Variants and vacations cause more virus worries
Korean health authorities warned that daily new cases may hover above 500 as more people are expected to travel with the warmer spring season and more transmissible variants continue to spread.
As of Sunday midnight, Korea reported 473 new daily cases, falling back below 500 after six days. However, fewer tests are conducted over the weekend.
Local infections accounted for 449 of the cases, and Korea's total cases reached 105,752, according to the Korea Disease Control and Prevention Agency (KDCA). The country added four more fatalities, raising the total death toll to 1,748.
The nation's daily virus tally has been on the rise, as the average number of daily new cases for last week, from March 28 to April 3, stood at 477 — 55 more cases, or a 13 percent increase, from the previous week.
Moreover, the reproduction rate, or the average number of people that one infected person will pass the virus to, has grown above 1 in all Korean regions. This indicates that the average Covid-19 patient will infect more than one person, continuously increasing the number of cases in the country.
"The virus reproduction rate evaluated last week was 1.07,” KDCA commissioner Jeong Eun-kyeong said at a regular briefing on Monday. “Because the rate exceeded 1, we are expecting [the number of daily cases] to increase from the current 500s.”
Compared to the early days of the pandemic when mass infections occurred on a large scale, now silent transmissions are breaking out in everyday spaces, making it difficult to find a place safe from Covid-19.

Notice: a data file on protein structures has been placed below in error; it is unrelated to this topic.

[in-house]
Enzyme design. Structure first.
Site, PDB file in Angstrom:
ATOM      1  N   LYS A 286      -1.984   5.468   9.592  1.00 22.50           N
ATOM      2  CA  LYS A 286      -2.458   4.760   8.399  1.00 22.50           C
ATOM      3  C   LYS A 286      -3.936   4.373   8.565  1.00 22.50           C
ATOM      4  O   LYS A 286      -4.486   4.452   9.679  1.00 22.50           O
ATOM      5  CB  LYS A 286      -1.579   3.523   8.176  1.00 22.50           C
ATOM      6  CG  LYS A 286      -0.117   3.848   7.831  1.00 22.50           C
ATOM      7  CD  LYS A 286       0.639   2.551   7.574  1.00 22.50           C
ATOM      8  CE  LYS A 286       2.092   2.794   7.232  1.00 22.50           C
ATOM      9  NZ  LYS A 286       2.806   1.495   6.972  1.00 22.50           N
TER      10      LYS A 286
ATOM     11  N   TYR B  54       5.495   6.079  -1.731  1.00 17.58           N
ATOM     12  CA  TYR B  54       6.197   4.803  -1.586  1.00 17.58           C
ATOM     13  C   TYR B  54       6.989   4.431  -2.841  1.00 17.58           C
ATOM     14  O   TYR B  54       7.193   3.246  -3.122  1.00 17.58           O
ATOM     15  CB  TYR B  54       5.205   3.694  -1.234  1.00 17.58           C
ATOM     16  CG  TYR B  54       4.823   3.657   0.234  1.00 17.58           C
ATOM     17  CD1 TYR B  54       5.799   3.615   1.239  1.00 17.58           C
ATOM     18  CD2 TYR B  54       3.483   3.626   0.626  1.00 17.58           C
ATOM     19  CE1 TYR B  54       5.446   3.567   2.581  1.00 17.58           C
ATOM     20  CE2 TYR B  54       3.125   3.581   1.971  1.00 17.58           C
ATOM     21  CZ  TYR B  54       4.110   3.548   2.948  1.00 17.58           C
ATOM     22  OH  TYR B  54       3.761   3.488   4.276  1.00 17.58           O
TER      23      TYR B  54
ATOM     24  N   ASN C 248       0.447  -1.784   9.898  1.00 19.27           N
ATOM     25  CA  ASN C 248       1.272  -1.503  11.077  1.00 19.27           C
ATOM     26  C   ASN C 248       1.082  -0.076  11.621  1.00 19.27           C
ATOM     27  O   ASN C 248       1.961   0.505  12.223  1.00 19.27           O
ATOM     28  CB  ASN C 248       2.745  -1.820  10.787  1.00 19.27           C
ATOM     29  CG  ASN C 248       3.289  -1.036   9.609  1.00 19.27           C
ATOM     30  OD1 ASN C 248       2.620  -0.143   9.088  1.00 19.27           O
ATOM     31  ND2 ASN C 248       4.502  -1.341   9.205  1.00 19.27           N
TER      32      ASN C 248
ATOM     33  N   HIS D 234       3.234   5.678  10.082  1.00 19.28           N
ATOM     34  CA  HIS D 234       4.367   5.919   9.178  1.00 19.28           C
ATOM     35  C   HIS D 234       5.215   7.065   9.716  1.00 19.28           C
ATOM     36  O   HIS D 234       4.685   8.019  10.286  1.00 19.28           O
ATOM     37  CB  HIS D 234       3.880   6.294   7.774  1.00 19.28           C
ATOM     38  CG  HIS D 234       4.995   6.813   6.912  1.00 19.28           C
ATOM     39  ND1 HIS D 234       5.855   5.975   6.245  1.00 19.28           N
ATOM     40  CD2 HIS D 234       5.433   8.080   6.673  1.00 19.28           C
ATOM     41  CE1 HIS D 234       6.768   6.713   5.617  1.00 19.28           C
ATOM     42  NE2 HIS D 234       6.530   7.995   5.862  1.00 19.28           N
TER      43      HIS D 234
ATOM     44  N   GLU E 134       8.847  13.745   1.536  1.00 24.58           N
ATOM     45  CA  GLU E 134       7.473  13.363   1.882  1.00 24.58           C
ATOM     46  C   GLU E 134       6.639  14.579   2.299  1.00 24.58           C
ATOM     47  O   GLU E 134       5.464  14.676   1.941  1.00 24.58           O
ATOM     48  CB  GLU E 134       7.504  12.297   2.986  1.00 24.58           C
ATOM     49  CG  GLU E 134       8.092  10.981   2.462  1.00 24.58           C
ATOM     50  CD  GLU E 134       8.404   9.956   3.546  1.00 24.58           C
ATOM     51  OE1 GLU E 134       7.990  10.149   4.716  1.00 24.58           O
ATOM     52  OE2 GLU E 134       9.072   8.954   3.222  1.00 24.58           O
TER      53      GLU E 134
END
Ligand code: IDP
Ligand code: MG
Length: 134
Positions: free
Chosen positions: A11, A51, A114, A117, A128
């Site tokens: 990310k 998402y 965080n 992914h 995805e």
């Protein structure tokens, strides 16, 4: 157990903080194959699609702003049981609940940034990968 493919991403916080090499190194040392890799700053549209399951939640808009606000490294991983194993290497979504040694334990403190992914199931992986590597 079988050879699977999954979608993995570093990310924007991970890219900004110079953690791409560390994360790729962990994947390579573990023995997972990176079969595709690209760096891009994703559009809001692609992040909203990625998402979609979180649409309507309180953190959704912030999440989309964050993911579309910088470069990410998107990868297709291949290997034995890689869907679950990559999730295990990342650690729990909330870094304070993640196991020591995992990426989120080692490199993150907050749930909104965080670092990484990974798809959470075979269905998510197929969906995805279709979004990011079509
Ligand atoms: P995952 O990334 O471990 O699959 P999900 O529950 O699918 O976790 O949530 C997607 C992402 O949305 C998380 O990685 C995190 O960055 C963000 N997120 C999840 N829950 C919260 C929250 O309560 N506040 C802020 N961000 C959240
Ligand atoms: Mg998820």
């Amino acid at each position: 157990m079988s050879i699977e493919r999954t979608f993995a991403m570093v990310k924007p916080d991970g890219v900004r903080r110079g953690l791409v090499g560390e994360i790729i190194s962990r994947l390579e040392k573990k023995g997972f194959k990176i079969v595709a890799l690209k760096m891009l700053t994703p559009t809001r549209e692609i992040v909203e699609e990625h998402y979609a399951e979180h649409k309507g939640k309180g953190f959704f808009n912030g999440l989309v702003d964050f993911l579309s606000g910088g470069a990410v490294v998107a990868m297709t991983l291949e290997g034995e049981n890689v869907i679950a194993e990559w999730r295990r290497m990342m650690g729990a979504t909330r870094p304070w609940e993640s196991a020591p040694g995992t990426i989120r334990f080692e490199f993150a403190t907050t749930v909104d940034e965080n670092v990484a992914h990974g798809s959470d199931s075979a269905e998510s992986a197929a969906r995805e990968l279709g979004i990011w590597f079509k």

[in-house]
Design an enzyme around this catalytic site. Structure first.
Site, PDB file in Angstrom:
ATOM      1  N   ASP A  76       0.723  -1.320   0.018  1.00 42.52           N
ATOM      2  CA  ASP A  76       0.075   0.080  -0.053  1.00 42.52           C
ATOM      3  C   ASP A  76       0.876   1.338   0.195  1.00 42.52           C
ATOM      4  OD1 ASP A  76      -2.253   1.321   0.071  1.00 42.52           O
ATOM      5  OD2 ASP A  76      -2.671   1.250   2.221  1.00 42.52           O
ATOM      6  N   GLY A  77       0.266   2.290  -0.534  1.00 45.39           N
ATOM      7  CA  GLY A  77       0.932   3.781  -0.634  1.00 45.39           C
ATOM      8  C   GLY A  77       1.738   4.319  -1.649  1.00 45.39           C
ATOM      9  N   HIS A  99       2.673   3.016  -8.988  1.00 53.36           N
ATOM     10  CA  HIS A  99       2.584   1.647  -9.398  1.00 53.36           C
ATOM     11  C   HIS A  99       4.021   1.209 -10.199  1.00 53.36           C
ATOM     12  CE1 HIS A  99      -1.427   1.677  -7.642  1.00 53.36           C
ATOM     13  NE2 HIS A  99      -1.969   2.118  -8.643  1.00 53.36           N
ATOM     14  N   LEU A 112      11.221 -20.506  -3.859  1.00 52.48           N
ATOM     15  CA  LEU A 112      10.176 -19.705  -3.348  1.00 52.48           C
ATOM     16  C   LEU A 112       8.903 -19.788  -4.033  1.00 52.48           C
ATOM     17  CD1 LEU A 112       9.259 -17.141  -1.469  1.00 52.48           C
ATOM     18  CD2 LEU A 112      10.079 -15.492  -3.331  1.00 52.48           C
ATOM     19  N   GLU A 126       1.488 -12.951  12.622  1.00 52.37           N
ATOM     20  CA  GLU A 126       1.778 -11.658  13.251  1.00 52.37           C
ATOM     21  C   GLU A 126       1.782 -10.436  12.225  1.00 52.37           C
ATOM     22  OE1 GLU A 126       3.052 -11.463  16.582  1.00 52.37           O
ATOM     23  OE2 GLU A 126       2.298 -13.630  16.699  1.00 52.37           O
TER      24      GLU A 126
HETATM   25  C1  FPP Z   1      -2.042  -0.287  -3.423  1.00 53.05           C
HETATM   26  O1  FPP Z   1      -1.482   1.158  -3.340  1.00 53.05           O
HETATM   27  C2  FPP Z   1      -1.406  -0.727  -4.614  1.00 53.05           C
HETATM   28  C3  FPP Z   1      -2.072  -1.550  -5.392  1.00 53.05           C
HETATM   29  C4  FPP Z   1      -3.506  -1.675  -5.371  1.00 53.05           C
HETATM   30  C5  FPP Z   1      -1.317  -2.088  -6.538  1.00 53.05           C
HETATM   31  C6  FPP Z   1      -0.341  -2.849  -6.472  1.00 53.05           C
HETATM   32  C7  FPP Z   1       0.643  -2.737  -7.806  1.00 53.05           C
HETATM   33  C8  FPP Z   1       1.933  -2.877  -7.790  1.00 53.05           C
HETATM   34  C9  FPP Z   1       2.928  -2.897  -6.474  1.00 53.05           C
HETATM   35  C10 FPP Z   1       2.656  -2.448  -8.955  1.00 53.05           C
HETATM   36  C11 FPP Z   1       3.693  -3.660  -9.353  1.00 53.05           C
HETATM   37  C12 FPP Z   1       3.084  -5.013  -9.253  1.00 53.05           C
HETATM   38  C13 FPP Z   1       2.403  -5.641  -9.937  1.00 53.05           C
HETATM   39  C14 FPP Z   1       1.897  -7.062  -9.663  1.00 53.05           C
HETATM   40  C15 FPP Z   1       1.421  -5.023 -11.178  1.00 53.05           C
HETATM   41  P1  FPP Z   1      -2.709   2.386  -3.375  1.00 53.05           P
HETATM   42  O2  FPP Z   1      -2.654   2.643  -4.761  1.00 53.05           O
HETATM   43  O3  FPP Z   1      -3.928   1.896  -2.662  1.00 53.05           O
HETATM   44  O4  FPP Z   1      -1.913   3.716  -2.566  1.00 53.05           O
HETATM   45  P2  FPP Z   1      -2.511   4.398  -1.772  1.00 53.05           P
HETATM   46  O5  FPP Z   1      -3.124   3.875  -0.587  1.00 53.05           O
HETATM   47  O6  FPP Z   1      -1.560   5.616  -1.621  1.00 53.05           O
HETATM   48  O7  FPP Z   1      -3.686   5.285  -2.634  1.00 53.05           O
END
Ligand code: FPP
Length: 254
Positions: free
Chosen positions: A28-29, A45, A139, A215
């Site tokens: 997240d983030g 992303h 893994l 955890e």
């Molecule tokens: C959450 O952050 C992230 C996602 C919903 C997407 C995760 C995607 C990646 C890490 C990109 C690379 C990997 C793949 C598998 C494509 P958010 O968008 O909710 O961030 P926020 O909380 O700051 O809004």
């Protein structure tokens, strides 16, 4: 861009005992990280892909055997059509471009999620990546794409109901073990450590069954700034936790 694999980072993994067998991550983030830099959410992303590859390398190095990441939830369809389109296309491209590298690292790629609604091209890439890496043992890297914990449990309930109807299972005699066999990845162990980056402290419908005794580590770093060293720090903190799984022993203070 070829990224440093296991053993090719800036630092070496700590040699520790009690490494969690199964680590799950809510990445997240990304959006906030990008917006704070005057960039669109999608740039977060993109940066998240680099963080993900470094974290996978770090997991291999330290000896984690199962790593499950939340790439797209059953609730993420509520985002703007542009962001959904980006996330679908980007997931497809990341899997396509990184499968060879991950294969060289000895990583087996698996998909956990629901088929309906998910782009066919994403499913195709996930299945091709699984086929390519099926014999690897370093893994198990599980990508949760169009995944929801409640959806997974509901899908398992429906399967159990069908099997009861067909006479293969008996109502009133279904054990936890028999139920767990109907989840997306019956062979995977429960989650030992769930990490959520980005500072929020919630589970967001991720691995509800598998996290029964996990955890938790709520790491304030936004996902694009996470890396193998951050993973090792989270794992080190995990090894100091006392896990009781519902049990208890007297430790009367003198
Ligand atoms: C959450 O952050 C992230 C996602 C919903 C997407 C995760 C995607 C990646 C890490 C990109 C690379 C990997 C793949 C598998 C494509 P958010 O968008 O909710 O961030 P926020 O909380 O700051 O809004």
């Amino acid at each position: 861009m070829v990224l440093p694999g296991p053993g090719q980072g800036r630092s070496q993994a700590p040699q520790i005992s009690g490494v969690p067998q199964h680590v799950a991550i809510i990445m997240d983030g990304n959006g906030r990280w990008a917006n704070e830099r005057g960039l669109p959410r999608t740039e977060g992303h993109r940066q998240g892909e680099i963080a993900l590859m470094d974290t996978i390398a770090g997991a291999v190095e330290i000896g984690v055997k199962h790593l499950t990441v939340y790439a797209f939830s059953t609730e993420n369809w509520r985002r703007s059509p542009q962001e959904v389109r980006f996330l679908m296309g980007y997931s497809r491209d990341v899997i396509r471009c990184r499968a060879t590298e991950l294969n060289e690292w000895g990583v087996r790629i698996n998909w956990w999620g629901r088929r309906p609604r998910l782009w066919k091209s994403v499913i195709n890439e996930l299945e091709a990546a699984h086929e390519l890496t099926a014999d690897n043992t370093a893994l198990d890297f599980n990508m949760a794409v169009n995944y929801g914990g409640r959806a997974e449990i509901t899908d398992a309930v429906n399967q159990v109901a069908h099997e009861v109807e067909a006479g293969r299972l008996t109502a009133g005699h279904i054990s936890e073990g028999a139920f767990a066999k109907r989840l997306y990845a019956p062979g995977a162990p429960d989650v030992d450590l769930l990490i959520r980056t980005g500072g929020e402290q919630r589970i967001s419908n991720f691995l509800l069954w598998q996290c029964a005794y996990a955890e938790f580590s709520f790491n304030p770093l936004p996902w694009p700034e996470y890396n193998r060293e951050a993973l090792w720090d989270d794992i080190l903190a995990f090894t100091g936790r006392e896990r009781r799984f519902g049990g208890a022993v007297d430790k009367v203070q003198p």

Virus variants, which are known to be more easily transmissible than the original Covid-19 coronavirus, are also a cause of concern.
Korea reported 41 more new cases of Covid-19 variants, including 22 local infections and 19 imported infections, raising the total number of the three types of variant cases confirmed to 330, since the first case last October.
In particular, it is the first time that authorities have recorded a local transmission of the South African variant, which may be more resistant against the current vaccines — adding to woes over the possible spread throughout the community.
Virus cases increased worldwide due to virus variants, and Europe hit a third wave triggered by the spread of the virus strain from Britain.
Health authorities warned that social distancing levels may be raised if the spread is not slowed down.
Sohn Young-rae, a senior health official of the Central Disaster and Safety Countermeasure Headquarters, said during a briefing on Monday that the authorities will announce adjustments for the social distancing guidelines on Friday.
Moreover, the government stressed a zero-tolerance principle for businesses and customers caught violating the "basic preventative rules."
"The government has no other choice but to apply a zero-tolerance principle over such behaviors, while taking coronavirus control and prevention measures more thoroughly," President Moon Jae-in said in a weekly meeting of top aides.
A crackdown began on Monday following a week of guidance period, and both owners and customers will be fined if they violate basic quarantine rules.
All customers must write their information in the entry log, instead of one person writing their information and adding “with two others.” In particular, entertainment facilities must use a digital registration system, as serial infections continue from hostess bars.
In addition, people as of Monday are banned from eating in all public facilities other than restaurants and cafes.
The government plans to suspend business facilities that violate quarantine rules for 10 days without a warning, as soon as the revision of the Infectious Disease Control and Prevention Act is completed on April 16.
When the new rules go into effect, a first violation will result in a 10-day suspension, followed by 20 days, three months and finally a full shutdown.
BY SEO JI-EUN [firstname.lastname@example.org]